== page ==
The critique may prove undeserved.
Behind the scenes, they’re finding all manner of strategies to short the credit cycle, as they brace for a wave of maturing debt just as cracks emerge in the synchronized growth story.
A faltering euro, an ascendant dollar and fears U.S. protectionism will sink global output have prompted a rethink for BlueBay Asset Management’s Geraud Charpin in London’s Mayfair district. The money manager at the $60 billion firm is lavishing ever-more capital shorting companies squeezed by tightening financial conditions, while he eases up on allocations to new bonds.
"We have seen a number of new developments since the beginning of the year that are all going against our bullish scenario,” Charpin said in an interview. “Our short book is at least twice as big as it was at the beginning of the year and our long book is at least 30 percent smaller than it was."
He’s one of a growing number of investors scrutinizing swelling corporate leverage following a decade of easy-money policies. Heavyweight firms like Guggenheim Partners are pointing the finger at corporate debt burdens as the next culprit to kick off a financial crisis. Whereas consumers sparked the 2008 meltdown, a decade later business balance sheets look more fragile.
“I think the real bubble is in the corporate sector,” said Edmund Shing, global head of equity and derivative strategy at BNP Paribas SA in London. “If leverage is cheap, the temptation for management is to leverage up.”
Strategists at the French bank have made it easy to prepare for an "eventual credit crisis” by creating a basket of 30 European companies with above-average leverage and heightened bankruptcy risk. They encourage investors to short the group with total-return swaps, as a relative-value trade or to hedge a long position in equities.
The stocks are screened for liquidity, drawn from the growing ranks of European BBB issuers, the lowest rung on the investment-grade scale, and junk credits. The result is a group tilted towards Italy and Spain, as well as those in the consumer, industrial, telecom and utilities sectors.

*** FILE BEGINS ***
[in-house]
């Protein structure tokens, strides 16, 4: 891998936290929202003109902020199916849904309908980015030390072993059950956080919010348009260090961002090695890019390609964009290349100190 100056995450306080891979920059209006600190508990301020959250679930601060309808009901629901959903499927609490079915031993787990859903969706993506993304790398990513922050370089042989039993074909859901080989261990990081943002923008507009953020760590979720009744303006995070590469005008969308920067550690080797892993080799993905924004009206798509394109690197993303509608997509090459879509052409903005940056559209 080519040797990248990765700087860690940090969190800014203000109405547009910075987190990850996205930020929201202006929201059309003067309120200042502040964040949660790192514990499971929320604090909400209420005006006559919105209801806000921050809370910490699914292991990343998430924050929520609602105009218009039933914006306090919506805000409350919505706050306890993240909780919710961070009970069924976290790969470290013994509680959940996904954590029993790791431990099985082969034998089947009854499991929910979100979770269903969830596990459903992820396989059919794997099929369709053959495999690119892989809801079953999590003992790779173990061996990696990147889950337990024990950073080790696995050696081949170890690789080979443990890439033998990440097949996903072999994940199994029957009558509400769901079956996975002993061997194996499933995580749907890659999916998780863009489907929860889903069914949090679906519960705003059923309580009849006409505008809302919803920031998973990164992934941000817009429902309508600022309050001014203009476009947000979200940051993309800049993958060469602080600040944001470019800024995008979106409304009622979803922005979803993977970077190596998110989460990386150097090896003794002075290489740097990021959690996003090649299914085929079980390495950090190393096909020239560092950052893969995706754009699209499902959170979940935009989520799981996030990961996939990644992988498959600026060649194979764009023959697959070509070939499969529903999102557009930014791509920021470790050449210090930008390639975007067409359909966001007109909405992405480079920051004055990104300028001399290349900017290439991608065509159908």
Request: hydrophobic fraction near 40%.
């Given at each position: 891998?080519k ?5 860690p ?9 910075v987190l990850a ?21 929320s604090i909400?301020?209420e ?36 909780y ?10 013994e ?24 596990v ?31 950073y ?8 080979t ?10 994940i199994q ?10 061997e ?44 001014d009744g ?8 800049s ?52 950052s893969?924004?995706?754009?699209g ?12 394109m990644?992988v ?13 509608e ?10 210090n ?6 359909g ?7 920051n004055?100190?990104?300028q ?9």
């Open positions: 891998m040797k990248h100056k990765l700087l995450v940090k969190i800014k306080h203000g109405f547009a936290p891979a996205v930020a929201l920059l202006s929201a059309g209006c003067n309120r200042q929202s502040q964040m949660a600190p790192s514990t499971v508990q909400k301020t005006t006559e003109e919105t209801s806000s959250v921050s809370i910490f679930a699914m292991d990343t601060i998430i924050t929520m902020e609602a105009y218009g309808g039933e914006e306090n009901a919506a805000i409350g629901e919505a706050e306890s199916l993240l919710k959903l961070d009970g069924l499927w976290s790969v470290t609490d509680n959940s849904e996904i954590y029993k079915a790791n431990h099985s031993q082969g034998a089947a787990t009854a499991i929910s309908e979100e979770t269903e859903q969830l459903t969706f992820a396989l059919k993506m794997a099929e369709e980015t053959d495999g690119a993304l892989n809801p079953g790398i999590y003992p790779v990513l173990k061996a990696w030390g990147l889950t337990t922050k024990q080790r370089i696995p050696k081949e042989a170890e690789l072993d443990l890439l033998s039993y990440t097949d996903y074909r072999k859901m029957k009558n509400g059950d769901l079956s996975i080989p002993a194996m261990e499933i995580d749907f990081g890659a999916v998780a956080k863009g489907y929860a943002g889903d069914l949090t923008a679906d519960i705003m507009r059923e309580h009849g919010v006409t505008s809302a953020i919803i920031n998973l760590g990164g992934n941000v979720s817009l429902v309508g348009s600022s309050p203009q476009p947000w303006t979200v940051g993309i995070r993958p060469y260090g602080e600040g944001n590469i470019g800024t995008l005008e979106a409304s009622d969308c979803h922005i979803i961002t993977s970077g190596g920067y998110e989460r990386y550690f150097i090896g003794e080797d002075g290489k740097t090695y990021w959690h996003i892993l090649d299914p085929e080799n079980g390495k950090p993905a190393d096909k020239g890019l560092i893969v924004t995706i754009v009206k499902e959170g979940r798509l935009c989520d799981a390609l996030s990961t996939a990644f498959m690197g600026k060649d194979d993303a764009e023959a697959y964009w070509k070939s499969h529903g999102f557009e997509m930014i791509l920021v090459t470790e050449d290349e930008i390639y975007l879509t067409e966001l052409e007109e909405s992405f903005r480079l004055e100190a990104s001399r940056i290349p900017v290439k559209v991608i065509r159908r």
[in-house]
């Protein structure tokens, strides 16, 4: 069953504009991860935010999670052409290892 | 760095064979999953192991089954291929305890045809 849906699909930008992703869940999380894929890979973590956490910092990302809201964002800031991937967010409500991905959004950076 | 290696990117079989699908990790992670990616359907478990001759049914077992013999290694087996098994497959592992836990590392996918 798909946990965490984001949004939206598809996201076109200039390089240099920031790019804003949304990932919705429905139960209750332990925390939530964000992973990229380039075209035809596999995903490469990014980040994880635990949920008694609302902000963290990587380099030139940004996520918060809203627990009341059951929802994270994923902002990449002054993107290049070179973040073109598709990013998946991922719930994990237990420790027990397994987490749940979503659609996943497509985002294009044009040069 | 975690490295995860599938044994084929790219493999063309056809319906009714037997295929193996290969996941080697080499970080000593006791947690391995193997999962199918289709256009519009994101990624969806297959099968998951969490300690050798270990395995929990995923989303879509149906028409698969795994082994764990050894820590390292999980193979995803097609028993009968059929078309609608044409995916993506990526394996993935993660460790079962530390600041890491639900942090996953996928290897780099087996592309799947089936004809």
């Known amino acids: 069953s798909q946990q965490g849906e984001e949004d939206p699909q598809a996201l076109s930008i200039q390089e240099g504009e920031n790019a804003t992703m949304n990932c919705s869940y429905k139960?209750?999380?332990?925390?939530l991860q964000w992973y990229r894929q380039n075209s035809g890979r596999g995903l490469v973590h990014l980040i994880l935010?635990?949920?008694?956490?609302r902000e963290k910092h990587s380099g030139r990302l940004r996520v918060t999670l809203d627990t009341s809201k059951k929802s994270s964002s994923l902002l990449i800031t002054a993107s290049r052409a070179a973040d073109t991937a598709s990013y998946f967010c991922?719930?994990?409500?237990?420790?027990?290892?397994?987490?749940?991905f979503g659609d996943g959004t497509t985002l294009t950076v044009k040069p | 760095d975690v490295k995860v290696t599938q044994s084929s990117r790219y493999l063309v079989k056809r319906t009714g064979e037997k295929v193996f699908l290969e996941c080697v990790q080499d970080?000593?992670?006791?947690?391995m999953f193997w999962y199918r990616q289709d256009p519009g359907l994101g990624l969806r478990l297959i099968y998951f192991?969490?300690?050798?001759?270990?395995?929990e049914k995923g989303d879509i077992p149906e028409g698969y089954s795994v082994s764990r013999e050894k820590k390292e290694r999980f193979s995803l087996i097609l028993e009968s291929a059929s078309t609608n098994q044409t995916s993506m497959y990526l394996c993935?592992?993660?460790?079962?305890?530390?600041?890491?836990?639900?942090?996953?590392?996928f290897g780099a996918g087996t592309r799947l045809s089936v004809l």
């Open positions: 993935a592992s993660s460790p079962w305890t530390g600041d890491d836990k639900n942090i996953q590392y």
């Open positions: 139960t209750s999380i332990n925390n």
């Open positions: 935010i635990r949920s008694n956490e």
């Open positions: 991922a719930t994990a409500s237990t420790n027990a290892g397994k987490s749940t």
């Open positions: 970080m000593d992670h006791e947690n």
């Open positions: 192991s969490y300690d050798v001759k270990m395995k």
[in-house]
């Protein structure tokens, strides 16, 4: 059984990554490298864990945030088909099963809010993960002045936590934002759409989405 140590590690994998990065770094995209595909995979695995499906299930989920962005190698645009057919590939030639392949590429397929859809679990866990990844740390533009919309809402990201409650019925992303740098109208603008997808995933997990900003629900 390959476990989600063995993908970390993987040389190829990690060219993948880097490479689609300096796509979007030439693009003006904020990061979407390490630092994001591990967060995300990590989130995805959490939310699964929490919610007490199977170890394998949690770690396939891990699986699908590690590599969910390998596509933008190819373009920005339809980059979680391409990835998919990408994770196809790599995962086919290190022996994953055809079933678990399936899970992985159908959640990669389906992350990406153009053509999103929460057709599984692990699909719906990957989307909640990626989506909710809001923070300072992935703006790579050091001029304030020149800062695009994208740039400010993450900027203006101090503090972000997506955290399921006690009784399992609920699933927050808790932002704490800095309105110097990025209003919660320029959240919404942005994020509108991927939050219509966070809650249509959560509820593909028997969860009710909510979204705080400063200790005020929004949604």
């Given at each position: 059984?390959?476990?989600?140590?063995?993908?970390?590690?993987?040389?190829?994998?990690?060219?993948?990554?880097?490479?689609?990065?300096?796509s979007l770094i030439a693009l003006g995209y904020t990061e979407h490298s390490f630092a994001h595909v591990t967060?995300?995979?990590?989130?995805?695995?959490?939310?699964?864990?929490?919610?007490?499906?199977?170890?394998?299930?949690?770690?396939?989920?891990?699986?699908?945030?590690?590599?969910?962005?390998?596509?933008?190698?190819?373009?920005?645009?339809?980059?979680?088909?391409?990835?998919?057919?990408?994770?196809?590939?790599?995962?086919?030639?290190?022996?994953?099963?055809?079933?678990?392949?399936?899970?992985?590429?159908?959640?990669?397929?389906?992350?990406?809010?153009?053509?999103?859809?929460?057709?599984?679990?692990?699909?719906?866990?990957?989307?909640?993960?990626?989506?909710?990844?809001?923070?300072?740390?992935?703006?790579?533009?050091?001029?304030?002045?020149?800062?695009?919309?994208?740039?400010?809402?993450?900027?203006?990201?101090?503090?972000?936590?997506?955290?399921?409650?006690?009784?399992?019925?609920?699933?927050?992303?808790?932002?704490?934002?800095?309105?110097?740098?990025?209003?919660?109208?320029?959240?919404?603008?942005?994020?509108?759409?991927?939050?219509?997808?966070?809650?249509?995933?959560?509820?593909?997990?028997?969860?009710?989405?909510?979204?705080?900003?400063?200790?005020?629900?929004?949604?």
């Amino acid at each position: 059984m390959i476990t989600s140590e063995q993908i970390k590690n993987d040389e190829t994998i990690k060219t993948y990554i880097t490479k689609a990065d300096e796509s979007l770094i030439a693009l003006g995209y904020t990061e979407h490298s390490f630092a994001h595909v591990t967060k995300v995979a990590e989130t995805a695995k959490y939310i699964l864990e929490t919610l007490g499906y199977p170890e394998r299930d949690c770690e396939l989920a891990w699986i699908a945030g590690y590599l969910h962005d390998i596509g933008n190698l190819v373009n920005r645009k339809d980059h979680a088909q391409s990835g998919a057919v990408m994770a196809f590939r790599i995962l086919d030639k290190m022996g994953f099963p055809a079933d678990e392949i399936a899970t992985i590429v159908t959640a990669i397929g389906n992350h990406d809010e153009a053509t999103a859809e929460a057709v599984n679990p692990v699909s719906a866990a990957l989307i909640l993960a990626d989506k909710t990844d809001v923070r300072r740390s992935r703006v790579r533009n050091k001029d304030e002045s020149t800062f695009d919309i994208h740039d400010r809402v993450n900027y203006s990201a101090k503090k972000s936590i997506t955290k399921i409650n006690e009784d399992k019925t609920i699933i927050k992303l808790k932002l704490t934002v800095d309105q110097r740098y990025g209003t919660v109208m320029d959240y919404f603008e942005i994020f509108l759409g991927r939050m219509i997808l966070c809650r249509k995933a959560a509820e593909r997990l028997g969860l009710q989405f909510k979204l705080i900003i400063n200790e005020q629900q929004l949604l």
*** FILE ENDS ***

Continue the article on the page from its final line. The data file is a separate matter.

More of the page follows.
The basket has underperformed the Stoxx Europe 600 Index by 14 percent over the past year. Today’s BBBs, for example, could be tomorrow’s fallen angels over the next two years, investment-grade companies whose ratings are cut to junk grade.
“The real problem could occur at the BBB level, where companies are hanging on to investment grade and suddenly they lose it as refinancing gets harder, and the cash flows aren’t coming,” said Shing.
With defaults far lower than the historic average, even short-sellers betting on a mere correction may be stuck with costly insurance policies, for now. Meanwhile, investors remain largely faithful to benchmarks, with positioning in European credit markets only just dipping below neutral in a June survey by Bank of America Corp.
It may just be a matter of patience. A wall of maturing debt peaks in 2020, narrowing refinancing avenues for the neediest borrowers as the competition for capital intensifies.
“2020 is the year when things are really expected to fall off the cliff but it may happen before,” said Antler Capital Partners LLP founder Georges Gedeon.
Gedeon knows a thing or two about falling credit cycles. The former investor at London-based GLG Partners Inc. amassed shorts on overleveraged companies at the peak of the financial crisis, spinning double-digit returns in its wake.
This time around, the European Central Bank’s taper is likely to expose weak companies that had been propped up by stimulus, all while euro-zone growth slows and the U.S.’s threatened trade war looms large, according to Gedeon.
“Europe is much more exposed to a trade-related slowdown and so are emerging markets, so it could have widespread repercussions,” he said. His fund, launched in December, offsets positions in corporate credit, comprising about 70 percent of the fund, with equity puts.
One of Antler’s earliest trades was anticipating the balance-sheet damage to Danish phone company TDC A/S after a takeover. Another target is subordinated hybrid securities sold at the height of the bull market that have no fixed maturity date and allow issuers to postpone coupon payments.
French mall operator Unibail-Rodamco SE issued perpetual hybrids in April to help fund its acquisition of Westfield Corp., including shopping malls in east and west London. The largest portion of the sale, for 1.25 billion euros ($1.5 billion) of securities callable in October 2023, currently yield 2.5 percent. That compares with an average of 3.1 percent offered by global investment-grade corporate bonds, according to Bloomberg Barclays index data. A spokesman for Unibail declined to comment on valuation.
“There’s so much mispriced risk you don’t need a lot to cause a nasty surprise,” Gedeon said.
©2018 Bloomberg L.P.